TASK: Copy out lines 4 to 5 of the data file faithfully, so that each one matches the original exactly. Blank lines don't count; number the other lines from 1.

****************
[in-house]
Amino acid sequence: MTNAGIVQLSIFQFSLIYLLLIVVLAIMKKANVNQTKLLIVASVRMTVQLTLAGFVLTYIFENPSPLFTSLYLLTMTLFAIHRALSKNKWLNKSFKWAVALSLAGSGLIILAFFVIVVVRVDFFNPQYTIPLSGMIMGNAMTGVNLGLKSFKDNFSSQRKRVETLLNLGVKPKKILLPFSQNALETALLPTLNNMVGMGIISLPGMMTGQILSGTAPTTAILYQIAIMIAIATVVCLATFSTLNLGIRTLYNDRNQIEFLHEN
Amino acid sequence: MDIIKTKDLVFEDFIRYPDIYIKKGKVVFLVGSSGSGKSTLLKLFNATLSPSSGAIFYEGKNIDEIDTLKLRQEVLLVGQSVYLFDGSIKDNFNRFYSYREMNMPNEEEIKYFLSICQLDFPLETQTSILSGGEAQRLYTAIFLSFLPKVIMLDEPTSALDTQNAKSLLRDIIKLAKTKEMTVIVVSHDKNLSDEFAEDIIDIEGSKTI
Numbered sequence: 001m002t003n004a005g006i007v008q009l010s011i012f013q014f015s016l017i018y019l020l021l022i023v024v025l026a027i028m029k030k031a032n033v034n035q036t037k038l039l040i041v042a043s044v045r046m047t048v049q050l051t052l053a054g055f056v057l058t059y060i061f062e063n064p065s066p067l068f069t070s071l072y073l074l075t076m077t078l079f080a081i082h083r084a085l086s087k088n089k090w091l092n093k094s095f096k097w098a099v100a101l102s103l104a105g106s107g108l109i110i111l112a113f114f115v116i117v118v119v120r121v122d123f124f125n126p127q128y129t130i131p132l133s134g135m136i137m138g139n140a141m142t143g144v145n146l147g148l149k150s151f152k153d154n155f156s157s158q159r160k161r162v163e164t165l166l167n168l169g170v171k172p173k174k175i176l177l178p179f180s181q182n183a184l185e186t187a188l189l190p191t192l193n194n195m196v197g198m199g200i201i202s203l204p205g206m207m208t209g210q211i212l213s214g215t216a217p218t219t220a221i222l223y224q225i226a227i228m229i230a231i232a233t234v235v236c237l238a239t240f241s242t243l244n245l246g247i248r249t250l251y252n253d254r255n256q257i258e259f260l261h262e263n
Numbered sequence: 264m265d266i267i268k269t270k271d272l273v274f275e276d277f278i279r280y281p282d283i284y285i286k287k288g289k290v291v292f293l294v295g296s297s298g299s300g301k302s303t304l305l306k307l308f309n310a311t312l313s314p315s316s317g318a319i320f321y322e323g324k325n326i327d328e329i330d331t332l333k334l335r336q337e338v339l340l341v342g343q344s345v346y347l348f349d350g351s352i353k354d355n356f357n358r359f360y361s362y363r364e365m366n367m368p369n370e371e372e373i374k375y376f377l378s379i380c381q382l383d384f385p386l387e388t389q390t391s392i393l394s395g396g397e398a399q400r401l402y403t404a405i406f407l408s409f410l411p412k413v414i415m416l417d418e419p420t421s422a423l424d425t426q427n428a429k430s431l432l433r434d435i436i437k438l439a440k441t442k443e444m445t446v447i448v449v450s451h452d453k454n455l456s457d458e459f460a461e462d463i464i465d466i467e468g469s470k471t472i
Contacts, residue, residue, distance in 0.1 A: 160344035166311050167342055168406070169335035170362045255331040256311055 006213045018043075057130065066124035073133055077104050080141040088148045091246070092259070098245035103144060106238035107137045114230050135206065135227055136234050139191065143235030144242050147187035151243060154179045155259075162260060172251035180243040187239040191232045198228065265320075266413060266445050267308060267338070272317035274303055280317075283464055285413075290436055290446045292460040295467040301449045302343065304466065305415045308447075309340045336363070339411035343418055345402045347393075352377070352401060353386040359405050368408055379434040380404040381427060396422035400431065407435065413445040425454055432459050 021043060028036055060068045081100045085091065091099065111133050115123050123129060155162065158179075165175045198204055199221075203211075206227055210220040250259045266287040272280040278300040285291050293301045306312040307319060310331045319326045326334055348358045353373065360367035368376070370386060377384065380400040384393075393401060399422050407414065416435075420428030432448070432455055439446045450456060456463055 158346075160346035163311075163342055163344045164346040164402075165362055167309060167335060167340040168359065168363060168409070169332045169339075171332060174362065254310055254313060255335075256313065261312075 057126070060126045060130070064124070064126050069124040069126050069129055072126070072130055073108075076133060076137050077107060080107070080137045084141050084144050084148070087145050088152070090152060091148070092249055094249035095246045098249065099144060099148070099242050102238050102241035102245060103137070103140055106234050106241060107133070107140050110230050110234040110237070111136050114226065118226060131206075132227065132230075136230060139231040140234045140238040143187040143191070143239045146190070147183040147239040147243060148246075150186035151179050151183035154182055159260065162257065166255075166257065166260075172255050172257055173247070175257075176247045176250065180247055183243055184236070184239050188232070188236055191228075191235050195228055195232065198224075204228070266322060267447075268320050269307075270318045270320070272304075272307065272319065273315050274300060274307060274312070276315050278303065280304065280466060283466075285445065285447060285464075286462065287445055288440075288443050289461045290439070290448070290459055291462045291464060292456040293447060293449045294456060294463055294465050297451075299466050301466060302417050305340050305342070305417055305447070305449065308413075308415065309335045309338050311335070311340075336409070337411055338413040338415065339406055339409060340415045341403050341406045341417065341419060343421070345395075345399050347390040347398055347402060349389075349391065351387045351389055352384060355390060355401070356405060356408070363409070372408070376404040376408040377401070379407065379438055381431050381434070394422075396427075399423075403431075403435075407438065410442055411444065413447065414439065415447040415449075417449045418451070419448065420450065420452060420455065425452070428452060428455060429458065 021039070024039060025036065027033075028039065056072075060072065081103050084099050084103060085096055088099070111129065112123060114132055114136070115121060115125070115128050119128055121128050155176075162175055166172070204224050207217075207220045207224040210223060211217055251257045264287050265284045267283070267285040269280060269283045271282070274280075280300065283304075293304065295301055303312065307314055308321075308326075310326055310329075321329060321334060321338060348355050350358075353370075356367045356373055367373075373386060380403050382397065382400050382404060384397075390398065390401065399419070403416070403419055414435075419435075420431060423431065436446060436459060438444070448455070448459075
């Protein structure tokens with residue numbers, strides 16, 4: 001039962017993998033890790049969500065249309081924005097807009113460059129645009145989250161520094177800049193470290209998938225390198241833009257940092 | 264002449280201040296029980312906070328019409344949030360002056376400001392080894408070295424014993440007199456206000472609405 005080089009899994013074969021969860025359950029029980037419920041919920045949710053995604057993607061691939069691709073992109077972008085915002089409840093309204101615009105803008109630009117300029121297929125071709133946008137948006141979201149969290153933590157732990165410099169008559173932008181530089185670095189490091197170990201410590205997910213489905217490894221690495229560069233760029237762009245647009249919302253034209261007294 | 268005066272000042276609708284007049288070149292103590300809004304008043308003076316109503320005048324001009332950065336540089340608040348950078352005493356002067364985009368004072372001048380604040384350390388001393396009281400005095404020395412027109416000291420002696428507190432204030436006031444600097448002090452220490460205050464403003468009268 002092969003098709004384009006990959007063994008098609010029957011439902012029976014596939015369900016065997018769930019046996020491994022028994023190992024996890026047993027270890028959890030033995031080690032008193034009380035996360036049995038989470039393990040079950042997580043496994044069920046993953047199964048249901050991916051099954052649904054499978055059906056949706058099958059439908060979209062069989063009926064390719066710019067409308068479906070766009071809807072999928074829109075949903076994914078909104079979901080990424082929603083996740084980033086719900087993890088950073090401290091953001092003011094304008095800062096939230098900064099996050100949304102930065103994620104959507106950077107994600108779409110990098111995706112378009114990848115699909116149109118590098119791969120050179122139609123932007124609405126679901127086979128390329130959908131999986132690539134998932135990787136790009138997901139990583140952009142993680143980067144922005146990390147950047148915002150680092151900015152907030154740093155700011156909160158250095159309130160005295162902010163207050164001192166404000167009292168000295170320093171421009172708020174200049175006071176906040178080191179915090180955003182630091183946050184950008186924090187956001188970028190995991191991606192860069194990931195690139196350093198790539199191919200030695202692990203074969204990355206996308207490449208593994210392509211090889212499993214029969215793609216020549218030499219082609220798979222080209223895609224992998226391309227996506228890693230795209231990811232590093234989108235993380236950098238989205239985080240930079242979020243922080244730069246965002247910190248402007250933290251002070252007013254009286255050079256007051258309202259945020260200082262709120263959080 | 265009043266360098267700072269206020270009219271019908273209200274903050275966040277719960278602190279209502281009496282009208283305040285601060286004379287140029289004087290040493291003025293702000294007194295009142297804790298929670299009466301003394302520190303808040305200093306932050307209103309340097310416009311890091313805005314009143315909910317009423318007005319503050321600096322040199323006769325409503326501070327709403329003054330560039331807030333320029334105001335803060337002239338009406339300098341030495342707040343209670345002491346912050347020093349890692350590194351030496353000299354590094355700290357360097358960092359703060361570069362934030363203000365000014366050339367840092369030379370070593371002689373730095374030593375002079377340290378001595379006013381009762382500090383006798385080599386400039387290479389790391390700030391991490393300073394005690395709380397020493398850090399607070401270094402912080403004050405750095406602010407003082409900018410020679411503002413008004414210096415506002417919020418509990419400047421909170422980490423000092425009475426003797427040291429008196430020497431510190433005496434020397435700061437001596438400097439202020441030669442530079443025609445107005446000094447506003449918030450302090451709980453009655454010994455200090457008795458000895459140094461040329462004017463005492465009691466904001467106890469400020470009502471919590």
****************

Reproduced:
Numbered sequence: 001m002t003n004a005g006i007v008q009l010s011i012f013q014f015s016l017i018y019l020l021l022i023v024v025l026a027i028m029k030k031a032n033v034n035q036t037k038l039l040i041v042a043s044v045r046m047t048v049q050l051t052l053a054g055f056v057l058t059y060i061f062e063n064p065s066p067l068f069t070s071l072y073l074l075t076m077t078l079f080a081i082h083r084a085l086s087k088n089k090w091l092n093k094s095f096k097w098a099v100a101l102s103l104a105g106s107g108l109i110i111l112a113f114f115v116i117v118v119v120r121v122d123f124f125n126p127q128y129t130i131p132l133s134g135m136i137m138g139n140a141m142t143g144v145n146l147g148l149k150s151f152k153d154n155f156s157s158q159r160k161r162v163e164t165l166l167n168l169g170v171k172p173k174k175i176l177l178p179f180s181q182n183a184l185e186t187a188l189l190p191t192l193n194n195m196v197g198m199g200i201i202s203l204p205g206m207m208t209g210q211i212l213s214g215t216a217p218t219t220a221i222l223y224q225i226a227i228m229i230a231i232a233t234v235v236c237l238a239t240f241s242t243l244n245l246g247i248r249t250l251y252n253d254r255n256q257i258e259f260l261h262e263n
Numbered sequence: 264m265d266i267i268k269t270k271d272l273v274f275e276d277f278i279r280y281p282d283i284y285i286k287k288g289k290v291v292f293l294v295g296s297s298g299s300g301k302s303t304l305l306k307l308f309n310a311t312l313s314p315s316s317g318a319i320f321y322e323g324k325n326i327d328e329i330d331t332l333k334l335r336q337e338v339l340l341v342g343q344s345v346y347l348f349d350g351s352i353k354d355n356f357n358r359f360y361s362y363r364e365m366n367m368p369n370e371e372e373i374k375y376f377l378s379i380c381q382l383d384f385p386l387e388t389q390t391s392i393l394s395g396g397e398a399q400r401l402y403t404a405i406f407l408s409f410l411p412k413v414i415m416l417d418e419p420t421s422a423l424d425t426q427n428a429k430s431l432l433r434d435i436i437k438l439a440k441t442k443e444m445t446v447i448v449v450s451h452d453k454n455l456s457d458e459f460a461e462d463i464i465d466i467e468g469s470k471t472i